It must have taken decades, at least, to plan the long overland dissection alignments of both the North & South Islands of New Zealand, using the loftiest points possible that would comply with a singular straight line of sight. In the far more temperate North Island at least, at intervals along the chosen lines, the surveyor-astronomers were obliged to build mounds adorned with obelisks, as well as other structures such as sighting pits. The pits themselves would often circumnavigate the main-trunk-line, high trig position and orientate towards high mountains, hills or off-shore islands. From the  sighting-pit secondary surveying stations degree angle fixes could be made on the outlier targets and, through trigonometric calculations, the country could be mapped.

Likewise, surveyor-mathematicians living towards the coastal regions could look inland to component parts of the central dissecting line to do to more localised mapping calculations. They would know that the main trunk line of mountains or viewable trigs sat at a singular, known angle in relation to each other. The southern running alignment from the North Island to Mount Aoraki ran SSW at 220.16-degrees, whereas the northern alignment from Northland to Taupo ran SSE at 155.34-degrees. Detectable in the North Island, over long distances, there were sometimes small deviations of perhaps a quarter of a degree back & forth off-line, undoubtedly due to the limitations of human vision or the impossibility of moving hilltops to always be perfectly on-line.
It seems obligatory that the ancient South Island, East Coast resident surveyors, observing, say from the Port Hills of Christchurch, used an east-side, separate alignment angle down the backbone ridge of the Southern Alps that centred on primary Southern Alps’ targets viewable from the east.

Our identification of the ancient trigs on the North Island main-trunk-line is far from complete, but sufficient remains to ascertain the existence of the alignment.
Here’s a section of it:

In Northland at Maungatoroto a high range of hills looms up over a tidal estuary. The location was perfect for access to the sea, foraging for mollusks, crustaceans, fish or water-birds in the tidal estuary, as well as vast areas of good arable land for cultivation. The nearby high country afforded spectacular views over vast distances through 360-degrees of vista. By back-calculating the positions of identifiable man-made structures of the dissecting alignment further to the south it was possible to ascertain that the faintly visible tower position atop the central hump of this photo was the former crossover location of the main-trunk-line mapping alignment.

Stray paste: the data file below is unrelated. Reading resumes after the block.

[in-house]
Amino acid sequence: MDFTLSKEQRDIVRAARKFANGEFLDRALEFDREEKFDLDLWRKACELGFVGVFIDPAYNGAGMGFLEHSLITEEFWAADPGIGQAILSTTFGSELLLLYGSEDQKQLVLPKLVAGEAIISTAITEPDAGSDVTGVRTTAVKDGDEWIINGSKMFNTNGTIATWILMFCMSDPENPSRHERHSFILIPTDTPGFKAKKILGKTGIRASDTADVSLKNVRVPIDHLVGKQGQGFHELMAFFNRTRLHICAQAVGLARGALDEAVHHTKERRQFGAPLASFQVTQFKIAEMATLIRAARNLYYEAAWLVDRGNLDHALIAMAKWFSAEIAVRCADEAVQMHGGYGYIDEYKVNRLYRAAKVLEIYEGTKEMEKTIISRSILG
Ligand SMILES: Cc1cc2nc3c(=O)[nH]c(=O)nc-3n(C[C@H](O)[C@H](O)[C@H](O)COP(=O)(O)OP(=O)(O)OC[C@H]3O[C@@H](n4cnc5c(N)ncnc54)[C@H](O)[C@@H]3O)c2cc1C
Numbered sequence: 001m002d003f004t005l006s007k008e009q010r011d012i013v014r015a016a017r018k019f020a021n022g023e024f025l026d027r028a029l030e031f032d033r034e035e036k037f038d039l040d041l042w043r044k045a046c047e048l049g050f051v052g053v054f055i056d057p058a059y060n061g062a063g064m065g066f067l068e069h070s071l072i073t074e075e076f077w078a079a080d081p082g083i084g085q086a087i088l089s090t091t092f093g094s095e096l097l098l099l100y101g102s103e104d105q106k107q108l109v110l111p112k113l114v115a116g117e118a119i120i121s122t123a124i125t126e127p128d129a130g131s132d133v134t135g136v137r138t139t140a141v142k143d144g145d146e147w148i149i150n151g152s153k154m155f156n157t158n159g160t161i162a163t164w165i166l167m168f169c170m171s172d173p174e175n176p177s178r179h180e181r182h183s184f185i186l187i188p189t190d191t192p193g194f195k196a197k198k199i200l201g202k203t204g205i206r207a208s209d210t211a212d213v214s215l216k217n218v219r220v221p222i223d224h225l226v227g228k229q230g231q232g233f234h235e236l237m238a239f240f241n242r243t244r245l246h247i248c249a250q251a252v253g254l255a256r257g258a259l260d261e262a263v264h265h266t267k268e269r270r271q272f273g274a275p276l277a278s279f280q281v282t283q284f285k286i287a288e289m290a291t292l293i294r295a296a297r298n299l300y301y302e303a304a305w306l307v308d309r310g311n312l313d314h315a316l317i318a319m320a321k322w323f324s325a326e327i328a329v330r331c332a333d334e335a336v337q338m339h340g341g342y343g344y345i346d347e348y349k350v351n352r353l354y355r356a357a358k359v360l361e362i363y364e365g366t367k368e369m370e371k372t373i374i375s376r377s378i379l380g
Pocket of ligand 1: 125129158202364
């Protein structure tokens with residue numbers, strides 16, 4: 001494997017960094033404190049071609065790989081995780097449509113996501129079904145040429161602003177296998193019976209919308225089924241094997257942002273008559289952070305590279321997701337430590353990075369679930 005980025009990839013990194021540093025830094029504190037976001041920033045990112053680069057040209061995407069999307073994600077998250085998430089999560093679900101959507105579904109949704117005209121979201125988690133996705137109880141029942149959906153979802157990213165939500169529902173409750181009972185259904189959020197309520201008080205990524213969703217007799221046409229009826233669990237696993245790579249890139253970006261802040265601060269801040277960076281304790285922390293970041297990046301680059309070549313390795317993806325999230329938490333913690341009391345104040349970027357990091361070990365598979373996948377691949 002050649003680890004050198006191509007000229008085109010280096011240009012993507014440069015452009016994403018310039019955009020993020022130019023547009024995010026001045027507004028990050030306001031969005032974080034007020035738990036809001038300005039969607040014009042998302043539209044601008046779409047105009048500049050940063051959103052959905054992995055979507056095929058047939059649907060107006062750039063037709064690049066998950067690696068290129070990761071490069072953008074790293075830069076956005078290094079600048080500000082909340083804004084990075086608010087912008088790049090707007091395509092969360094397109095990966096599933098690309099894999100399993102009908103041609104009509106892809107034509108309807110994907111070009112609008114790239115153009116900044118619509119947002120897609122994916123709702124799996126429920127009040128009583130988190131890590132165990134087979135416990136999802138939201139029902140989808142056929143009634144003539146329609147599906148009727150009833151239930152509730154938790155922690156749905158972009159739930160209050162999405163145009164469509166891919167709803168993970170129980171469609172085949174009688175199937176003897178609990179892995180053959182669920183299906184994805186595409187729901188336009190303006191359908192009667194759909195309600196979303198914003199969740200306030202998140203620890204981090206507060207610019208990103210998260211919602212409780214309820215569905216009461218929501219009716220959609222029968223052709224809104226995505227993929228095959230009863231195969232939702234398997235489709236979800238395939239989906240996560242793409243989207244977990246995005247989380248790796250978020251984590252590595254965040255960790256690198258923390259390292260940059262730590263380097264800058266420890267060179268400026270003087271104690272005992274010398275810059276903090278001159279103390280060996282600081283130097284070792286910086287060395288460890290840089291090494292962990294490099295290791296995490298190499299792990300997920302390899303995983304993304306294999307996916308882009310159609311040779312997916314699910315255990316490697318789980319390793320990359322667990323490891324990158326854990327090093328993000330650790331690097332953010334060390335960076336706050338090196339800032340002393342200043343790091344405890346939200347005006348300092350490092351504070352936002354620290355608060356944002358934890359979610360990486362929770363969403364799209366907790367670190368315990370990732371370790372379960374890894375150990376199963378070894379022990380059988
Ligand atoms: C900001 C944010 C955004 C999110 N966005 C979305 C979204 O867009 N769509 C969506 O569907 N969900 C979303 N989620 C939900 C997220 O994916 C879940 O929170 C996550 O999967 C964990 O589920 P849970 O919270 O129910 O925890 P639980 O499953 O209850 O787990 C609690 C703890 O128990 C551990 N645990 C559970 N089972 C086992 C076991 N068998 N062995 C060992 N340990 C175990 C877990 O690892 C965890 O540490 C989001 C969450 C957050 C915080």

This is unsurprising, as modern-day surveyors or telecommunications engineers often site their trigs or towers on the same high ground that ancient surveyors used for their mound and obelisk trigs.

There is high ground at the western base of the range that affords magnificent views to the west, north or south and ancient sighting pits, for viewing targets at far-flung locations, are still in evidence there.

This Google Earth photo shows ancient sighting pits orientated for surveying angle views to targets northwards, west and southwards.

Although the component structures of this alignment situated further north have not been fully located, it suffices to identify structures that range southwards through the Auckland Isthmus and onwards towards Lake Taupo. The line from the Maungatoroto high point, where a modern tower now sits, extends to the next high point just beyond Kaiwaka township.

This is a magnified view of the next southwards hilltop on this alignment. Again, because of its lofty status it was chosen as a modern-day communications site and has a transmitter plonked on its summit.

The modern transmitter atop an ancient hill-top trig.